Outrage builds over Air Force dumping parts of soldiers' remains in Virginia landfill
Partial remains of at least 274 soldiers processed at Dover Air Force Base were dumped in a Virginia landfill, rather than disposed of in a cemetery or in a way that most would consider honorable.
The cremated partial remains of at least 274 American soldiers did not go to a cemetery.
Instead, they went to a landfill. That American soldiers' remain went to a Virginia landfill is, unfortunately, not new news. But the breadth of the tragedy is just now coming to light, in a new report by the Washington Post. The Post was the first to discover that the military was taking partial remains of American soldiers, and whose family members had said could be disposed of by the military.
Initially, the Air Force, which operates the military mortuary at Dover Air Force Base, had resisted calls for a full accounting of how widespread the process was. Under pressure from the media and Congressional representatives, as well as family members wondering if parts of their loved ones may be laying in a landfill.
Gari-Lynn Smith, the widow of an Army sergeant killed in Iraq in 2006, received a letter from Dover mortuary earlier this year saying the military cremated and incinerated her husband's partial remains and disposed of them in the King George landfill. Smith said when she was making her husband's final arrangements, she was given the opportunity to be re-notified if any additional remains from her husband were found, or not to be. She chose not to be notified, though she said she was assured they would be "honorably buried."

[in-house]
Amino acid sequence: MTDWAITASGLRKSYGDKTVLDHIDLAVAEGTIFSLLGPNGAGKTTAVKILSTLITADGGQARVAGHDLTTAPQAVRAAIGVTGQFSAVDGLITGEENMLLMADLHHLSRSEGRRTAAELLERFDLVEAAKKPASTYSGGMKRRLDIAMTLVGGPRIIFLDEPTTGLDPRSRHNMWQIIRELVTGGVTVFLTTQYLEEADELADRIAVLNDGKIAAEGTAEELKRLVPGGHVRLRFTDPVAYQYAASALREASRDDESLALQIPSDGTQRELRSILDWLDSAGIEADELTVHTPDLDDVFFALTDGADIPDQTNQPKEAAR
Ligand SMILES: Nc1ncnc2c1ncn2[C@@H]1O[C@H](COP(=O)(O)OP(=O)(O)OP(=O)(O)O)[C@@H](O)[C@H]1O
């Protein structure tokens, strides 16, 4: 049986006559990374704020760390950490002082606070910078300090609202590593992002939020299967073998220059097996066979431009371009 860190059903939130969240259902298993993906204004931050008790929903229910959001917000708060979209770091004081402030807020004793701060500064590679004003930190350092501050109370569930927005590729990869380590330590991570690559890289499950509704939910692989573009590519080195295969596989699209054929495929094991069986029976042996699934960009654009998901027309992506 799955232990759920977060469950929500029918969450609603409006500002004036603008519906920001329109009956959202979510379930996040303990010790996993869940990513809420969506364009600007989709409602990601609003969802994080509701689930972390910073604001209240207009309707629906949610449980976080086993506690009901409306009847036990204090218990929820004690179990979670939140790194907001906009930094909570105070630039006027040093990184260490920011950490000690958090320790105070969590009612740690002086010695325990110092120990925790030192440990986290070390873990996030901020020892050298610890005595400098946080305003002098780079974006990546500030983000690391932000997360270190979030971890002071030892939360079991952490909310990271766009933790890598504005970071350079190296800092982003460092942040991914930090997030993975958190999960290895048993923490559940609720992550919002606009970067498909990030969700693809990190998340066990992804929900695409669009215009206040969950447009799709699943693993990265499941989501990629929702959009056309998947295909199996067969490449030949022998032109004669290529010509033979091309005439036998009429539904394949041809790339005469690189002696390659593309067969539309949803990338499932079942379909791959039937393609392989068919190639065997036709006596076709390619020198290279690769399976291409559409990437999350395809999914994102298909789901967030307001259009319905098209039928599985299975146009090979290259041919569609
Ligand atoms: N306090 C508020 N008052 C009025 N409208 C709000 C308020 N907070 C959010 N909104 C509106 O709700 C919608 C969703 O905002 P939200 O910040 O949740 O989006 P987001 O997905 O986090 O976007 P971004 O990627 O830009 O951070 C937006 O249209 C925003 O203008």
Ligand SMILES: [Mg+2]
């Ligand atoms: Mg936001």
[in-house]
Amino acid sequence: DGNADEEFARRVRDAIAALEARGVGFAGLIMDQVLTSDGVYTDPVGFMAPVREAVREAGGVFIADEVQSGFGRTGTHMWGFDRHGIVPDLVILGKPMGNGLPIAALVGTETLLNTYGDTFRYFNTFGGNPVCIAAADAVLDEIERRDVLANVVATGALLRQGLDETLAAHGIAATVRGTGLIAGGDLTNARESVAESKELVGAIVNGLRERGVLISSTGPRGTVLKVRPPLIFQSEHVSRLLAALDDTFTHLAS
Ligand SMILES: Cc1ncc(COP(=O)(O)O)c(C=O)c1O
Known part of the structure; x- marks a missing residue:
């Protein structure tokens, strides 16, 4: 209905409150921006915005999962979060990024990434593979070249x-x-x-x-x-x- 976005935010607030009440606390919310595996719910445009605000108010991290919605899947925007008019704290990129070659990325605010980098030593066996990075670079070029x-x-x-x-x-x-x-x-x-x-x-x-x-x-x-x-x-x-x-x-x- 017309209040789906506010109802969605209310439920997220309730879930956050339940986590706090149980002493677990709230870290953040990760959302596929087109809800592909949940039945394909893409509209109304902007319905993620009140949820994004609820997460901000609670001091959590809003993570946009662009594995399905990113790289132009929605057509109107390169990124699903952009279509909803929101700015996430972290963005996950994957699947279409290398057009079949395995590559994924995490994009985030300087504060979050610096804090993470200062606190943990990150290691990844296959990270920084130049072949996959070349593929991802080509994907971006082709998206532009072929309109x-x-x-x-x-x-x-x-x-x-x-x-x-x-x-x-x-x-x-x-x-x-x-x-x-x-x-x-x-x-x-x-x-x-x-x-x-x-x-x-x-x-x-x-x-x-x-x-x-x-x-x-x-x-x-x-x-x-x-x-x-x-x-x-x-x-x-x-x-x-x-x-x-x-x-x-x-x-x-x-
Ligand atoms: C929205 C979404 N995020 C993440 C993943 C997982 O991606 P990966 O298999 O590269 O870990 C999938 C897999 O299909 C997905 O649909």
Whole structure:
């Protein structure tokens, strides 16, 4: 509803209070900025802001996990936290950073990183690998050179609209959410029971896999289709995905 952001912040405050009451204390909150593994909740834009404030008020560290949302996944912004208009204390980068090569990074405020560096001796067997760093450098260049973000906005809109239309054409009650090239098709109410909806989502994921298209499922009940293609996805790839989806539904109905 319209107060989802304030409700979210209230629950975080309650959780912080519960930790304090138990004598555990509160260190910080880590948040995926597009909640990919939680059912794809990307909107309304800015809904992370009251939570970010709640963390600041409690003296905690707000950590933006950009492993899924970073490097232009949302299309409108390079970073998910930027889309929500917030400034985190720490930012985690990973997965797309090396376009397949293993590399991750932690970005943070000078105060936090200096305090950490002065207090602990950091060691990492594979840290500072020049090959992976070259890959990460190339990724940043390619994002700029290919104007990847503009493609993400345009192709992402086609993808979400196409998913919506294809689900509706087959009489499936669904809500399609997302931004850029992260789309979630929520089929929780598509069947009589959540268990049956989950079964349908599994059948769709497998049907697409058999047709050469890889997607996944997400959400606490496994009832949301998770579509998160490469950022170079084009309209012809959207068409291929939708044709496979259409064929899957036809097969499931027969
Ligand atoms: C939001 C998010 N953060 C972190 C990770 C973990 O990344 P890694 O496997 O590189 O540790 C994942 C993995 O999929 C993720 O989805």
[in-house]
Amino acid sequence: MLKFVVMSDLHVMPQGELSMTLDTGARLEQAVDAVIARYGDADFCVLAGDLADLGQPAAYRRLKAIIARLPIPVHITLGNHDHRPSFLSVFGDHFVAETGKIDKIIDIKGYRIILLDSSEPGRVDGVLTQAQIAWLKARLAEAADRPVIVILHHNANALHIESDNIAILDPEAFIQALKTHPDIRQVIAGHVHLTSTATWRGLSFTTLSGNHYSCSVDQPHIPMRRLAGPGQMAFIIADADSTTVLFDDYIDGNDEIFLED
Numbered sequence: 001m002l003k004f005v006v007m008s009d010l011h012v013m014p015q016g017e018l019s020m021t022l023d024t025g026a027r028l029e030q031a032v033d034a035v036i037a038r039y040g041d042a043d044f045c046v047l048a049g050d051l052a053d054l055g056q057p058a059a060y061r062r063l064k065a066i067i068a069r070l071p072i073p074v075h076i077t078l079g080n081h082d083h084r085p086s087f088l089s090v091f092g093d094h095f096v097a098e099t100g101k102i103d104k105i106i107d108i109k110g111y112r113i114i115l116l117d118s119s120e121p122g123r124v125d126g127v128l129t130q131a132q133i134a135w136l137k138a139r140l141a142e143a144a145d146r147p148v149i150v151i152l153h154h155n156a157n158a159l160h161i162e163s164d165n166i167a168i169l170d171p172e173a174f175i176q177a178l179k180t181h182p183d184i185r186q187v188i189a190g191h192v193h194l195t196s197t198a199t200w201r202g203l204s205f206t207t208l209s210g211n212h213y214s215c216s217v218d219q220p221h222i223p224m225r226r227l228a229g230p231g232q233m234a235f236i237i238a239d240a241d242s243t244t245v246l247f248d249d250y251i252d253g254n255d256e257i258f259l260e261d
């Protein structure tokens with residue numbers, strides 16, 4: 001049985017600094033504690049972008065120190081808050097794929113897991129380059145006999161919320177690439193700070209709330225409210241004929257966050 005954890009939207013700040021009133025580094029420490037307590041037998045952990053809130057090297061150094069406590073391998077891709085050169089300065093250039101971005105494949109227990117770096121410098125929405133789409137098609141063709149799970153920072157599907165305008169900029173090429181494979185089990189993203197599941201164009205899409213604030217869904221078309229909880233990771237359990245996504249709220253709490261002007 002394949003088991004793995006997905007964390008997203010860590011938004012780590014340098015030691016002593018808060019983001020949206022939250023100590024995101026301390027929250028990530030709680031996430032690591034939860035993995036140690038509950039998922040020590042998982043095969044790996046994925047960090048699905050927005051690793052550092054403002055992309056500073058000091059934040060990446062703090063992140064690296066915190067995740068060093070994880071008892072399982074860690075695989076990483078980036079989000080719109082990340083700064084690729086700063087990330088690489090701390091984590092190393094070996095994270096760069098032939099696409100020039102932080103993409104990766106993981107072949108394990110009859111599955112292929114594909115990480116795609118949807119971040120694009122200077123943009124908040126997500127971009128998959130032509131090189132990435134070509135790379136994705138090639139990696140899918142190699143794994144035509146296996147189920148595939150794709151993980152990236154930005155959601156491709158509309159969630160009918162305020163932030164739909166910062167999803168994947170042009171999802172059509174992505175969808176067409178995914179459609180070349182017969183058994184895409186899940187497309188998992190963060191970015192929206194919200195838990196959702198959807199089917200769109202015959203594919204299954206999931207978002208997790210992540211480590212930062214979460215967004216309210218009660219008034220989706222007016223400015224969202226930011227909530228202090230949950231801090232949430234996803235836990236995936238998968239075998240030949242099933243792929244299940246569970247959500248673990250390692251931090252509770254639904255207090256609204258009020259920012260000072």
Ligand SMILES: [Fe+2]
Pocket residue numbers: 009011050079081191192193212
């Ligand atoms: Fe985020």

"I've been investigating this since my husband died," Smith said. "Within the first year, I began requesting what happened to soldier's remains and service-member's remains when the family does not wish to be notified, as well as remains that can't be identified."
Those also wound up in the landfill.
Rep. Rush D. Holt, D-N.J., is outraged by the Defense Department's handling of the remains, and the controversy that has erupted.
"I think the most striking thing about the Defense Department response is the complete lack of acknowledgement of a scandal, or a problem," Holt said. "As recently as (Wednesday), they were trying to explain it away."
Holt said that the military has refused to deal with the problem and acknowledge this is not the solemnity and dignity and honor that soldiers and the families deserve.
The military has resisted efforts to do a full accounting of how many soldiers' partial remains may have been sent to the landfill, saying it would be a "massive effort."
"We in the United States spend tens of millions of dollars, ever year, to search for and recover remains of those missing in action, including in southeast Asia from decades ago," Holt said. "It actually makes you proud to be an American, to know we do that. And yet you hear about this desecration and it just sends shutters."
Holt said he knows that there were five investigations of the Dover mortuary in the last decade and none of them uncovered this — or if they did, realized that this is not "dignified, is not honorable, is not sensitive to the families or, to that matter, to those who are still serving in uniform."
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